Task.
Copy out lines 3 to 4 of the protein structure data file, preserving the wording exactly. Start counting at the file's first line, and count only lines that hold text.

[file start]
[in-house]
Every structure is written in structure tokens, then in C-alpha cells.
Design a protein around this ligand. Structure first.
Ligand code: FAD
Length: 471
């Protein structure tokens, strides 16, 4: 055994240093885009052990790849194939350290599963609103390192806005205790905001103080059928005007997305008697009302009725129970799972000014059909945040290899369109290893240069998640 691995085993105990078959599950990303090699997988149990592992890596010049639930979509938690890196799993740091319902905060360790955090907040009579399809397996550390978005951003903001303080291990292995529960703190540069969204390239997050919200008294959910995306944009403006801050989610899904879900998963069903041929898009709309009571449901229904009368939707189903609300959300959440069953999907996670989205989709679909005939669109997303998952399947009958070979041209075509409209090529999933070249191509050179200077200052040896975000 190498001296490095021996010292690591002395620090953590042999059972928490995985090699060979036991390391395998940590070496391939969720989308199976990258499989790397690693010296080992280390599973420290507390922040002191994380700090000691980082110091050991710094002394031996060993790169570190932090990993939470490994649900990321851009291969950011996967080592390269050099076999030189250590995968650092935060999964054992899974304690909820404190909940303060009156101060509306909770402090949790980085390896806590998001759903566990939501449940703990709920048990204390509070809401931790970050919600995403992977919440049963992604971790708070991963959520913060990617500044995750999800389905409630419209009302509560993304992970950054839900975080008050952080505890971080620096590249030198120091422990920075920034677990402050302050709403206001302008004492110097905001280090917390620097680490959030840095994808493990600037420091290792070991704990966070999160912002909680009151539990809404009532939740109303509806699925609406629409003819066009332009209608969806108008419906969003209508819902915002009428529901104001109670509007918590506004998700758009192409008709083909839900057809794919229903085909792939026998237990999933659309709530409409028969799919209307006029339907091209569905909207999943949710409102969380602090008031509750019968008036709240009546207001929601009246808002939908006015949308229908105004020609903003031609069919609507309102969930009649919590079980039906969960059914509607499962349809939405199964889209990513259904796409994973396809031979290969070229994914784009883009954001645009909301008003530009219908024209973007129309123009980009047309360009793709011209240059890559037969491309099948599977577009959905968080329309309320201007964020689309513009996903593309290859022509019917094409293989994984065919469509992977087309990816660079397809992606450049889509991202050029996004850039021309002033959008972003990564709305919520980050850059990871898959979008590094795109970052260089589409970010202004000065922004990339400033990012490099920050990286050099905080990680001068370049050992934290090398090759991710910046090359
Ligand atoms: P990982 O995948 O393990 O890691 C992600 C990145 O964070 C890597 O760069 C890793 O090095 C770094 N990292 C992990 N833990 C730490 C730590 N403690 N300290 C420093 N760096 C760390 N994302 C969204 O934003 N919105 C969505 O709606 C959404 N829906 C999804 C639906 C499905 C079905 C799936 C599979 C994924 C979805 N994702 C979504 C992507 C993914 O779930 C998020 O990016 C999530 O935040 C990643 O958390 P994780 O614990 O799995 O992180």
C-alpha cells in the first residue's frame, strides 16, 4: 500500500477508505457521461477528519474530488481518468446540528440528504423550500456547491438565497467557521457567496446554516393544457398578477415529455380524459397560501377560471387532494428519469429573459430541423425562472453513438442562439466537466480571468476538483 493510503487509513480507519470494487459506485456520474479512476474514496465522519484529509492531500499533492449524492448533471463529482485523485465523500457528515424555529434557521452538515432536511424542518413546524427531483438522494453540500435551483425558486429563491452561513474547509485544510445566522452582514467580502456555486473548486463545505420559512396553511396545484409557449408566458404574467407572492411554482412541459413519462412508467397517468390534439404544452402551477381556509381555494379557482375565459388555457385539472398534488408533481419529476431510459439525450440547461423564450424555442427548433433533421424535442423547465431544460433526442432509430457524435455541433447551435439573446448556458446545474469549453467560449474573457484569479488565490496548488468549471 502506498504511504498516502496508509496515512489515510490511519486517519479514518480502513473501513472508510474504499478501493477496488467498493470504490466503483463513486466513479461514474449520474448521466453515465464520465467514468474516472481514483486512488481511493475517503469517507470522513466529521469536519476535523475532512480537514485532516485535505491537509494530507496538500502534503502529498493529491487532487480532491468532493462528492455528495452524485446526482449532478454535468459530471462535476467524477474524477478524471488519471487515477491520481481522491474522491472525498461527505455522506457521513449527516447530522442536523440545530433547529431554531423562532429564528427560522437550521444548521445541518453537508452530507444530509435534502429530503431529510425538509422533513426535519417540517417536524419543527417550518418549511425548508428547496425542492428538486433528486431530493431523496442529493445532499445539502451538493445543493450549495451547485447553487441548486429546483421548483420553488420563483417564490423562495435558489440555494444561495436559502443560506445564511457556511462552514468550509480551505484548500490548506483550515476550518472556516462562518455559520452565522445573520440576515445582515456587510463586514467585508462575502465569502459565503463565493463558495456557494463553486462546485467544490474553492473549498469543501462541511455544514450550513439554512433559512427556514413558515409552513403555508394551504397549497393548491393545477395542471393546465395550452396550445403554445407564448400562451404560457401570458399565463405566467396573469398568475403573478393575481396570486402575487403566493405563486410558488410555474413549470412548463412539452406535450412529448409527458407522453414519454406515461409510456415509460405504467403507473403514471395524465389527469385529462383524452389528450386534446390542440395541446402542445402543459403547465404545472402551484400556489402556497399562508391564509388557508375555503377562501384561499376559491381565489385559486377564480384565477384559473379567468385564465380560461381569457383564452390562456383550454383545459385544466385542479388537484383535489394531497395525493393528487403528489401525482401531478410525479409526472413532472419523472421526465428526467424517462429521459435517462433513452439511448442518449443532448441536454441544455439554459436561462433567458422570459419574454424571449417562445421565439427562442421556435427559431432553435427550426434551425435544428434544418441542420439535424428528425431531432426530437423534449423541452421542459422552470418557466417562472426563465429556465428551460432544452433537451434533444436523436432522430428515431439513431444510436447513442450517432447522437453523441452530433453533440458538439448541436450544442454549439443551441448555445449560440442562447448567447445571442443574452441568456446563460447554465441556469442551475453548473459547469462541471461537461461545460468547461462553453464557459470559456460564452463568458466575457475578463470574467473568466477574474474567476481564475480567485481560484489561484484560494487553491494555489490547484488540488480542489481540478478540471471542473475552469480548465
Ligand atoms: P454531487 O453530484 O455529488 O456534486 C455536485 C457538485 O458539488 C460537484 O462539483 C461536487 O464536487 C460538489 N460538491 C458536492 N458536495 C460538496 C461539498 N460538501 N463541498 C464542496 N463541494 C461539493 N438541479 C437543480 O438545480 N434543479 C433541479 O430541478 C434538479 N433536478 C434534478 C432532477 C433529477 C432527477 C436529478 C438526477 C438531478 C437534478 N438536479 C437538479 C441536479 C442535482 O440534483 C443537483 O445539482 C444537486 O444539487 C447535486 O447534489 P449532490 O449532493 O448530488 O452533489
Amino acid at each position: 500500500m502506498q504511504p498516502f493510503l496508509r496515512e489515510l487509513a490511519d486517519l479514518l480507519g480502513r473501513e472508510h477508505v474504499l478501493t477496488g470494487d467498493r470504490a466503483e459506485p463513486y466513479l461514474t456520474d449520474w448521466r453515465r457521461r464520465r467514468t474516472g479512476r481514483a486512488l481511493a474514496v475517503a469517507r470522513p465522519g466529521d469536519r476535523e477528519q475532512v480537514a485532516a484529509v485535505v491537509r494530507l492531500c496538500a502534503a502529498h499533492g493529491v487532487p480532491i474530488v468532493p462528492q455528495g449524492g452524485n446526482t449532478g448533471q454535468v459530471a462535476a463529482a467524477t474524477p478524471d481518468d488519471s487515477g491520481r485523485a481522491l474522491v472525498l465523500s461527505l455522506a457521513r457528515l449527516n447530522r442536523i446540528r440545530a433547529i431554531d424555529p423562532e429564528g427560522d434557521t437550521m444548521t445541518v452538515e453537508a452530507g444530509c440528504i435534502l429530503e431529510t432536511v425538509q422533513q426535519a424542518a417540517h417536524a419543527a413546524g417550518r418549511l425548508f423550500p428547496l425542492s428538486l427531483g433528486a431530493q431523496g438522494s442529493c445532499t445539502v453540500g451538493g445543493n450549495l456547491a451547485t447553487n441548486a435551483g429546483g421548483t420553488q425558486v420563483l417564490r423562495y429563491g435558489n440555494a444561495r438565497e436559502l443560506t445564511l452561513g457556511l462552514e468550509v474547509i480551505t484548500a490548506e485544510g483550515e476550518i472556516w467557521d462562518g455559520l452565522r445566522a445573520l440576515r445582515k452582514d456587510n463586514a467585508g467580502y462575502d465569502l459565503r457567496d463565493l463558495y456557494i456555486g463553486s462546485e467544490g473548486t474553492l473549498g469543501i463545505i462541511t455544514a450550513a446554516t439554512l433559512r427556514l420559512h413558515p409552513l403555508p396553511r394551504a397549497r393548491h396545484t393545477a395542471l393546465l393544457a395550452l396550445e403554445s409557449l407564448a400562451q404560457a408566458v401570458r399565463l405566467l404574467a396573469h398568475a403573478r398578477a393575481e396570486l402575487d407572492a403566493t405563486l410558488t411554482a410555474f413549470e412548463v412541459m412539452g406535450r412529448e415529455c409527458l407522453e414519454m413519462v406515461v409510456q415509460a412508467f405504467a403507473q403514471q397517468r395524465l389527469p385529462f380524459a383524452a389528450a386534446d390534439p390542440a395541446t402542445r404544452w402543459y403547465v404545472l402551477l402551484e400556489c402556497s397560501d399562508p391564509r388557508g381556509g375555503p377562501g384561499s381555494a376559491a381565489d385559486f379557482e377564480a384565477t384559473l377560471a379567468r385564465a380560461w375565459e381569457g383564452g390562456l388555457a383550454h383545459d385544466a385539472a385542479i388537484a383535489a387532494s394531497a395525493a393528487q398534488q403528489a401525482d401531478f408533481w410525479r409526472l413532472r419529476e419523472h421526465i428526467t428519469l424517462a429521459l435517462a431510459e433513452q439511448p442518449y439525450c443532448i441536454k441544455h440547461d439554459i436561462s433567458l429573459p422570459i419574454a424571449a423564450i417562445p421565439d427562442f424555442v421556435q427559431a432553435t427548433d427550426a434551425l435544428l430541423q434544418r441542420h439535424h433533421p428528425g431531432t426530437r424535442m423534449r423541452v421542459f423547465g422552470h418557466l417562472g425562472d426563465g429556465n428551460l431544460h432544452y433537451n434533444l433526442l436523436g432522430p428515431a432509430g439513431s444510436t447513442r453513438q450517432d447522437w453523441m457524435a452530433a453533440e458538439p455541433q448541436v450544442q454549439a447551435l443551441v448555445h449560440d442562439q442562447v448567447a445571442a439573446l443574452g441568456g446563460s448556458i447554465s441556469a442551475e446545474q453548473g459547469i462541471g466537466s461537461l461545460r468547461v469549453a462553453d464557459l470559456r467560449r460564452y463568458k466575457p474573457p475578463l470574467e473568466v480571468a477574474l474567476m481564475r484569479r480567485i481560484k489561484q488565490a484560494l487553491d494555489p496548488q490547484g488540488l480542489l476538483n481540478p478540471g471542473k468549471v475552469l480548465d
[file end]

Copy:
Design a protein around this ligand. Structure first.
Ligand code: FAD